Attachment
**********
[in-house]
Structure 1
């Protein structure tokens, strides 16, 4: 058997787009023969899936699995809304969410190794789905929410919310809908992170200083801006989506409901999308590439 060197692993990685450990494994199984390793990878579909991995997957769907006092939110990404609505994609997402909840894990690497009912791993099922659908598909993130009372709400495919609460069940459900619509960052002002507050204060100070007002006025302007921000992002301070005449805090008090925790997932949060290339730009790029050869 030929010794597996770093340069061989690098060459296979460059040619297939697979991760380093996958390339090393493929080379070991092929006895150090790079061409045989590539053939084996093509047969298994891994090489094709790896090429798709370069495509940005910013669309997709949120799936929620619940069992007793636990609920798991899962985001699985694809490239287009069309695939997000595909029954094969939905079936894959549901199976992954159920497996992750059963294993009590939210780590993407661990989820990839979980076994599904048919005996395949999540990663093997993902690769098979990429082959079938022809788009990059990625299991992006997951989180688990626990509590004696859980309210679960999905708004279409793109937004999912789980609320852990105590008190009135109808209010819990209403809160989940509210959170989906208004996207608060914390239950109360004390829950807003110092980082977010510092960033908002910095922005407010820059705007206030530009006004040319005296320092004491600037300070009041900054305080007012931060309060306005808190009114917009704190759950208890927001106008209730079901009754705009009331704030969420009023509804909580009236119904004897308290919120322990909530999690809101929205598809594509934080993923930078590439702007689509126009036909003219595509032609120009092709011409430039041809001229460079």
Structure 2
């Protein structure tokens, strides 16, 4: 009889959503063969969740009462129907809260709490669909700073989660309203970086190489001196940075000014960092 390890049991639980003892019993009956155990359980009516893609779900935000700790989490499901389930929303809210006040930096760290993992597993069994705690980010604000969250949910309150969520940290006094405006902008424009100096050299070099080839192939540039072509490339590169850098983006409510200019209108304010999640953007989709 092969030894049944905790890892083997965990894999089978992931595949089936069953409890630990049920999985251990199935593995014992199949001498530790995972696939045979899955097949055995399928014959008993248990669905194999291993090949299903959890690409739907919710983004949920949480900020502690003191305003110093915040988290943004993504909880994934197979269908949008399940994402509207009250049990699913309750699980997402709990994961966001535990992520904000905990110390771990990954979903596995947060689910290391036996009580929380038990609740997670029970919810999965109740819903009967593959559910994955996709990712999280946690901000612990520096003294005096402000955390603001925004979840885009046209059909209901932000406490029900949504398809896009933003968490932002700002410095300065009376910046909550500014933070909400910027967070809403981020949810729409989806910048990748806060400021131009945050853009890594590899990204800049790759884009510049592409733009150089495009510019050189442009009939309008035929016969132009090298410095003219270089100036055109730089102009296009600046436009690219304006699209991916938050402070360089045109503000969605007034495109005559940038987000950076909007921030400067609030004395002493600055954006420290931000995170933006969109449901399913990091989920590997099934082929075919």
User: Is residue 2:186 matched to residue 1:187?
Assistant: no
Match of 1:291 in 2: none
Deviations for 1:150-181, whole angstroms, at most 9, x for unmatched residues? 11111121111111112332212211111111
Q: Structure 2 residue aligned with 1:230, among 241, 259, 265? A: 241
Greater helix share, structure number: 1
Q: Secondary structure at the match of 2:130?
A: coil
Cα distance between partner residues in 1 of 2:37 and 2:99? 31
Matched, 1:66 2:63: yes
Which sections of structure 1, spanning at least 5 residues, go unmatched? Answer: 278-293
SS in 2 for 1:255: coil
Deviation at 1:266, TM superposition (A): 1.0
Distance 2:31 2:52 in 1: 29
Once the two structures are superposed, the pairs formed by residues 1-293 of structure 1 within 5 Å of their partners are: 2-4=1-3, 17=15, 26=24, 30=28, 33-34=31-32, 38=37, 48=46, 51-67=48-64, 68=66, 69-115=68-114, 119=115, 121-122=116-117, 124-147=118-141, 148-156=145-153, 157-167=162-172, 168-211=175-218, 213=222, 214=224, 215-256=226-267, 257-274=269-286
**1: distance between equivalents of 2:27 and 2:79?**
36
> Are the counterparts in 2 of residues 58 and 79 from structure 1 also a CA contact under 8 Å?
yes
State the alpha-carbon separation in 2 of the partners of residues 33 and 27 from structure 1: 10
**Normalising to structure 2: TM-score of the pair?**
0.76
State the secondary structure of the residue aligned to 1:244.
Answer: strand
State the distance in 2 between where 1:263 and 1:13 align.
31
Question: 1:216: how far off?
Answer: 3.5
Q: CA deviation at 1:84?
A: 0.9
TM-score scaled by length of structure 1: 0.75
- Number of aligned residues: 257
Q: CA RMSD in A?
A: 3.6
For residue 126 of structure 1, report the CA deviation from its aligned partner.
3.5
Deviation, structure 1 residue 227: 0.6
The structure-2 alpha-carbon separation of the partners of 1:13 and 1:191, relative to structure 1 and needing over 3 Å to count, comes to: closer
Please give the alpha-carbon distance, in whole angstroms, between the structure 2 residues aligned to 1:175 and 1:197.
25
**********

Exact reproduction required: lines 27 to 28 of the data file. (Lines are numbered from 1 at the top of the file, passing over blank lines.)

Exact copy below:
0.76
State the secondary structure of the residue aligned to 1:244.